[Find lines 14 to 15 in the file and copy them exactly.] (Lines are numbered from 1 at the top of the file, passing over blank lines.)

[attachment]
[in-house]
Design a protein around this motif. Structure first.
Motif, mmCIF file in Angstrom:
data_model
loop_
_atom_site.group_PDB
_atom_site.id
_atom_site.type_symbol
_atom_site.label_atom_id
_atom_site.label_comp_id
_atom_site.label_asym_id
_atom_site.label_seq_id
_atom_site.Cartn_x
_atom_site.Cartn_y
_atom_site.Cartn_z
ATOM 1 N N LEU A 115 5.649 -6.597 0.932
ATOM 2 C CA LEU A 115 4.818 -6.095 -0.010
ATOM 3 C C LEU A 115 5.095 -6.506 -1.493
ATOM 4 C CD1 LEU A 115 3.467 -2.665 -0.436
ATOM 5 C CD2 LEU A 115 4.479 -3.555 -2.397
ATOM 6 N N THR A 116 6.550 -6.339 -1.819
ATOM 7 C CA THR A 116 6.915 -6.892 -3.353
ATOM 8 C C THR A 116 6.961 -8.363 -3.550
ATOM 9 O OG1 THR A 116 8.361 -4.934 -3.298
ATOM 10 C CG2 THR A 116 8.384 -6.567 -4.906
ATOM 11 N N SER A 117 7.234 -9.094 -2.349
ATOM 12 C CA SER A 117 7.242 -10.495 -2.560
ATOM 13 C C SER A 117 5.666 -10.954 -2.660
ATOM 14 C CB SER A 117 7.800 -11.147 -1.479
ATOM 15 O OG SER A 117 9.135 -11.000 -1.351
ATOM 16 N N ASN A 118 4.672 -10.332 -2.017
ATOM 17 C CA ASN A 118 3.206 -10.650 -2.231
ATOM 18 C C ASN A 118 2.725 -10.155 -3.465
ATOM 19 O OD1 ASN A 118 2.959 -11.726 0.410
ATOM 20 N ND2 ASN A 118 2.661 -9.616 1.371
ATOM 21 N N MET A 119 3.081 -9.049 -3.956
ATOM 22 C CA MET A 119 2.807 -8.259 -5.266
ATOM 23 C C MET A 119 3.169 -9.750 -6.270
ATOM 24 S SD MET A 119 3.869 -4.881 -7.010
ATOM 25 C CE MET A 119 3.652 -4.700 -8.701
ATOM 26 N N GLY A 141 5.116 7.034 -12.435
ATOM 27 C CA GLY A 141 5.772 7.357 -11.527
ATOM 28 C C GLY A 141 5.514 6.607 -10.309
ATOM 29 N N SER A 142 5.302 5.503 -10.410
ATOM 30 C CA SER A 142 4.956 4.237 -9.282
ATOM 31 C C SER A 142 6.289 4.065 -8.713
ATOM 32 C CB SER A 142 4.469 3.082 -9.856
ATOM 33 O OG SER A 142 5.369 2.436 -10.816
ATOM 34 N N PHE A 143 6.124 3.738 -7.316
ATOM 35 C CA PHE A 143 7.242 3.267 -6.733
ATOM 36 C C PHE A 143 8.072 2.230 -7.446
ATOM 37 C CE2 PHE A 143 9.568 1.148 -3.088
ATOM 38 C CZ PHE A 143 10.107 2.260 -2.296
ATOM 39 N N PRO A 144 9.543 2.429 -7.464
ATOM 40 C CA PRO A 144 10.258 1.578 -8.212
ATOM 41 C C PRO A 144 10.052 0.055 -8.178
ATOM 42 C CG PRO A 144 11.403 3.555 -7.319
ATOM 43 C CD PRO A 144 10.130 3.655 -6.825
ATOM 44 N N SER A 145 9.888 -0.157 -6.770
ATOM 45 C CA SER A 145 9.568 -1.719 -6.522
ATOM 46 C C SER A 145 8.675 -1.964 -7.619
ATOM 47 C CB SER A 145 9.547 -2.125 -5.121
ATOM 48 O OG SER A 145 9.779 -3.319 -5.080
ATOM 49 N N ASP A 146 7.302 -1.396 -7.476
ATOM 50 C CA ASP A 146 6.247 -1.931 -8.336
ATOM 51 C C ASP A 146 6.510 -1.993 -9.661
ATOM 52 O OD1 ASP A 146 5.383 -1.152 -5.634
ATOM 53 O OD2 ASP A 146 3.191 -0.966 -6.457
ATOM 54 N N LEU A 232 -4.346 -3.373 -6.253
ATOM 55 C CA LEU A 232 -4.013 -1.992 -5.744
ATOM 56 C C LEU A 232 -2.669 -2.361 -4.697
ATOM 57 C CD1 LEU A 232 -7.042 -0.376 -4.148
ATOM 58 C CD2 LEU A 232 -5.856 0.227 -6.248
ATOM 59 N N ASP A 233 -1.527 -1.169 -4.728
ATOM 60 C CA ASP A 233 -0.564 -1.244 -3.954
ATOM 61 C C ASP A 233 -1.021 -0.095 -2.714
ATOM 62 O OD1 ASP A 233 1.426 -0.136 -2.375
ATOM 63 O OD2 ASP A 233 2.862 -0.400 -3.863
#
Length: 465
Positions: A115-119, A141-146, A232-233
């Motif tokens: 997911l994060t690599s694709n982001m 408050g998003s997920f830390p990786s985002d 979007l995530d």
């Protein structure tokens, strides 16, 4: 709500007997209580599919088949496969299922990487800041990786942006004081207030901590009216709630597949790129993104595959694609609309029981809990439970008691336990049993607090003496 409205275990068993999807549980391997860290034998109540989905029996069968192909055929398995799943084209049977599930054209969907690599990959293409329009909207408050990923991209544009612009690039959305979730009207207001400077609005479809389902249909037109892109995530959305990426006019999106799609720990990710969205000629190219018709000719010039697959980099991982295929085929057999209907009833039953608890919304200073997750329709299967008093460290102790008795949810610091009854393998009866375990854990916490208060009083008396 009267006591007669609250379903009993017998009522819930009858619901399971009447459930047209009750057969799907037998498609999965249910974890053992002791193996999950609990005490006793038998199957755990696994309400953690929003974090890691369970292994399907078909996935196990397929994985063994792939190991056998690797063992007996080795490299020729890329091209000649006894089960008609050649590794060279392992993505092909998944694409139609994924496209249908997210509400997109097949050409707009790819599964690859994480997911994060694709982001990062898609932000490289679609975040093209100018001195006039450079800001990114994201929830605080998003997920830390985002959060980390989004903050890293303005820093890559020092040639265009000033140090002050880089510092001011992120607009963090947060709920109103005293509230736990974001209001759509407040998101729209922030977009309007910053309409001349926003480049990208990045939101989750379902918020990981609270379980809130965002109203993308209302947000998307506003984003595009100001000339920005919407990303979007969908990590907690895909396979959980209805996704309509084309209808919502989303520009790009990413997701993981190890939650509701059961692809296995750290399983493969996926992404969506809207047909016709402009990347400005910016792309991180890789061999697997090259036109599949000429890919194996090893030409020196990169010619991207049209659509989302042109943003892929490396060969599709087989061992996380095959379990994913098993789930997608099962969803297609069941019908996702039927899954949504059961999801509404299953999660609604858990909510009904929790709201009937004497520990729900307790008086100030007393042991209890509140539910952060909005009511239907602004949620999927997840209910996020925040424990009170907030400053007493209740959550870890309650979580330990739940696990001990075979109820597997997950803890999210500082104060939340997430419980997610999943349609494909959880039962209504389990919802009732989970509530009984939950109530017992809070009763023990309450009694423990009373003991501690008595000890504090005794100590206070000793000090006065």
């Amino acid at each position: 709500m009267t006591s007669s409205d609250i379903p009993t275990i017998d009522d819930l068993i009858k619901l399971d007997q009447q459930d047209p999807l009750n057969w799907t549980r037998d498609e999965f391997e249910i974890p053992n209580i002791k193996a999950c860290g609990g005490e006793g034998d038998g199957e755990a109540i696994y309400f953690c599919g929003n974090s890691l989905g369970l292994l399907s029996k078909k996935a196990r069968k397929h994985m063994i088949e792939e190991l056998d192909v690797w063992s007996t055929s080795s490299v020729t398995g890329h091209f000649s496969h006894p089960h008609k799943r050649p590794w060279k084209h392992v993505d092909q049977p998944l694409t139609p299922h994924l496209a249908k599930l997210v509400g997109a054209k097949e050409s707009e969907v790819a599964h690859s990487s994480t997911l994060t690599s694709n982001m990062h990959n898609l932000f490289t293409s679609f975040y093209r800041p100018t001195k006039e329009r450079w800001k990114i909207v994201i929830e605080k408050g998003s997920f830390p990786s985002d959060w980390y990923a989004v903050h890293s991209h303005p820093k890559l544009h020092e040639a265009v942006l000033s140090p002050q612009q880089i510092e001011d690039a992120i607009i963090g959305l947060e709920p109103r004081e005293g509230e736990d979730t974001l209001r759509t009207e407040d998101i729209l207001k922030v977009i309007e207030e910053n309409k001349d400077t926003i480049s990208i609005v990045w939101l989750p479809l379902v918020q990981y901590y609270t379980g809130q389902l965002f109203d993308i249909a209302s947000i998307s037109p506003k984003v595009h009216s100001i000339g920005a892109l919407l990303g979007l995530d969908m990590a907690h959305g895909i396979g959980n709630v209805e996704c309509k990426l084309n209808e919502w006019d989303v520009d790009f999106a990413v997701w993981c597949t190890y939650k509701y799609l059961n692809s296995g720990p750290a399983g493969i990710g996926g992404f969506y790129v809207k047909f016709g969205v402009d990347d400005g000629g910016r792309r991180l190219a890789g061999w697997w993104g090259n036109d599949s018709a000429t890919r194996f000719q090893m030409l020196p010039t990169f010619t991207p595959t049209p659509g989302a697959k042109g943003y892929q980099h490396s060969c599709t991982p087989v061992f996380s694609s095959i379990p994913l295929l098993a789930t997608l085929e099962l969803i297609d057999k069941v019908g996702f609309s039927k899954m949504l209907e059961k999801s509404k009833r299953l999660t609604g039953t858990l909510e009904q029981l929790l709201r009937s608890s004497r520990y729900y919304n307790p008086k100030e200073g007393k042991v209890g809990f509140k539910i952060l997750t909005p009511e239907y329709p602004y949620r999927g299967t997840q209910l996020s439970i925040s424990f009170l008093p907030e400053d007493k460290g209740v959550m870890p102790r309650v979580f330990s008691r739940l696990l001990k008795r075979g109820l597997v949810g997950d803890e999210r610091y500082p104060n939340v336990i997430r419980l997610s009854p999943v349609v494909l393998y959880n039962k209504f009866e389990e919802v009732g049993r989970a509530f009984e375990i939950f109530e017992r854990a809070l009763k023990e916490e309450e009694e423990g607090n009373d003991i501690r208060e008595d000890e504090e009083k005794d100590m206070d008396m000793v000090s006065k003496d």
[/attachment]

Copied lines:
_atom_site.Cartn_y
_atom_site.Cartn_z